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Trauma, Survival, and Remembering World War II
In this 75th anniversary year of VE Day, literature, museums and archives preserve memories of the events of the Second World War. In the fifth instalment of the Late Summer Lecture series, these papers will address trauma and survival in the context of the war in Cornish poetry and European museums.
Mediating Memory and Memorials: Analysis of Museums and Archives as Transcultural Spaces
Prateeksha Pathak (Cardiff University)
Museums and archives are not only essential to a nation's or region's politics of identity; they have also become major players in defining identities and shaping experiences across different cultures and spectrums. The three "experiential museums" considered in this lecture are the Monument to Murdered Jews of Europe in Berlin, the Imperial War Museums and the Museum of Modern Art in Berlin. The focus will be on the sensory experiments and environments of these museums.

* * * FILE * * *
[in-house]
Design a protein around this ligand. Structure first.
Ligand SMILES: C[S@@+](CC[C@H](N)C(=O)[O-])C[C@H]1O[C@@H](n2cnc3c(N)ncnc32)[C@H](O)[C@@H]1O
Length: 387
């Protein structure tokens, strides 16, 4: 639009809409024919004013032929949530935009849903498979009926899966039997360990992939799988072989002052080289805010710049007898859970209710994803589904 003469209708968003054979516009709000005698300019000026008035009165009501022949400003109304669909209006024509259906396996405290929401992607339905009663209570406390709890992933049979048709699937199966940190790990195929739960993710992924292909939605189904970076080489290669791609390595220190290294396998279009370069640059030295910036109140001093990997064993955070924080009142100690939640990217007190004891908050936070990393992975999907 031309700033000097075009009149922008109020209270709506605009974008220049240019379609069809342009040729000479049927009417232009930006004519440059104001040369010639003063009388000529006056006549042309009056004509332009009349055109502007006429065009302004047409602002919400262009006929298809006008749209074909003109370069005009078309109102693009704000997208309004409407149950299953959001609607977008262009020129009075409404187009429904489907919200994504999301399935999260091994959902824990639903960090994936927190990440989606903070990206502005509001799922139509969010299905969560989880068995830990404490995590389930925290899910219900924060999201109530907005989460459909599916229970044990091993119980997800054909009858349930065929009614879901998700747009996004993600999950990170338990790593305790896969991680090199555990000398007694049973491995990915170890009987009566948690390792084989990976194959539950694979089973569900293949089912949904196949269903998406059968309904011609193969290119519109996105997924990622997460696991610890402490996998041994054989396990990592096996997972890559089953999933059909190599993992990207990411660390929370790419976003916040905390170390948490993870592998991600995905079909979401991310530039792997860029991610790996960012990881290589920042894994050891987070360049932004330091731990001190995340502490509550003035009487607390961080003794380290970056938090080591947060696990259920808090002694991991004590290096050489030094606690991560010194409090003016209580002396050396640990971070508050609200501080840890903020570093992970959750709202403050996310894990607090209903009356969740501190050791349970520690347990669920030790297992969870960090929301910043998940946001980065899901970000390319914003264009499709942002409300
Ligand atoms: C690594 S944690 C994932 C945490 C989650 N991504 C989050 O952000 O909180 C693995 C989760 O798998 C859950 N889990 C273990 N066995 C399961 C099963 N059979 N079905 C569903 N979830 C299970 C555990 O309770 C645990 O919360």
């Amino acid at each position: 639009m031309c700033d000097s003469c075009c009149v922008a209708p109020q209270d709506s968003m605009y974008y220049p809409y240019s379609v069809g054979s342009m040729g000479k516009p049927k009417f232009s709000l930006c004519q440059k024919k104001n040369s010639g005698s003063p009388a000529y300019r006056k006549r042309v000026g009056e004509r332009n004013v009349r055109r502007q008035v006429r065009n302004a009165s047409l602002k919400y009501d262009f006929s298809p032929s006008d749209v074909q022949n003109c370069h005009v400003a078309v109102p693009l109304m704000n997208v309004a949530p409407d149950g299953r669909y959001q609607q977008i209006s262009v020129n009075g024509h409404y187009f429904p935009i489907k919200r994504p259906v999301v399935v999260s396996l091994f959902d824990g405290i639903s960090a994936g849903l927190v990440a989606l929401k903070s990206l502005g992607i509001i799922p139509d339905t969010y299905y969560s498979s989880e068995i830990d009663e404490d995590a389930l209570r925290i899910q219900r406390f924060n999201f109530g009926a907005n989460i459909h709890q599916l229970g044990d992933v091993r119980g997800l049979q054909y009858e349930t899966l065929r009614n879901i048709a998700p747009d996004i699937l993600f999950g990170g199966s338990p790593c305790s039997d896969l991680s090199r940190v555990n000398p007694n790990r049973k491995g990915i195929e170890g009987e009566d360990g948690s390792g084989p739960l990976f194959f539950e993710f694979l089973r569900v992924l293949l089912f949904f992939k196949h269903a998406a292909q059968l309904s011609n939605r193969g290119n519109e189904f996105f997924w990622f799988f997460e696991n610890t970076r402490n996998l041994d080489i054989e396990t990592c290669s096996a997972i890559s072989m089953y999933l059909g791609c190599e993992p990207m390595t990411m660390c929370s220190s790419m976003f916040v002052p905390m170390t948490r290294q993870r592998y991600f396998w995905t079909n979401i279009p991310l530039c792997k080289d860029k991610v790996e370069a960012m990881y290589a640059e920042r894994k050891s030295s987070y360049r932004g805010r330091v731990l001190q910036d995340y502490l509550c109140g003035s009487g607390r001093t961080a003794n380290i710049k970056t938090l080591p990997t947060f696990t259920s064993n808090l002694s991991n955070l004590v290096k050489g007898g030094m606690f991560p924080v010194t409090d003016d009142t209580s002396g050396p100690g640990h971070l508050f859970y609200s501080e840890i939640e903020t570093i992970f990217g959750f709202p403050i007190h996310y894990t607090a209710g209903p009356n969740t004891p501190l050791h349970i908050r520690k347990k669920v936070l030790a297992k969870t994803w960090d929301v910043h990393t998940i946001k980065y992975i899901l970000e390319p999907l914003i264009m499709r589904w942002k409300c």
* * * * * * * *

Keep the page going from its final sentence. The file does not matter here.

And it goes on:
Underneath the Water: Survivor's Guilt in the Poetry of Charles Causley
Dr Rosemary Walters (Independent Scholar)
The Cornish poet Charles Causley (1917-2003) served in the Navy in World War Two and his subsequent work reflects the two-fold trauma of his experience. His poems reveal how a childhood fear of water and the sea, combined with guilt at surviving when friends and comrades perished, produced a lifelong loneliness and awareness of mortality.
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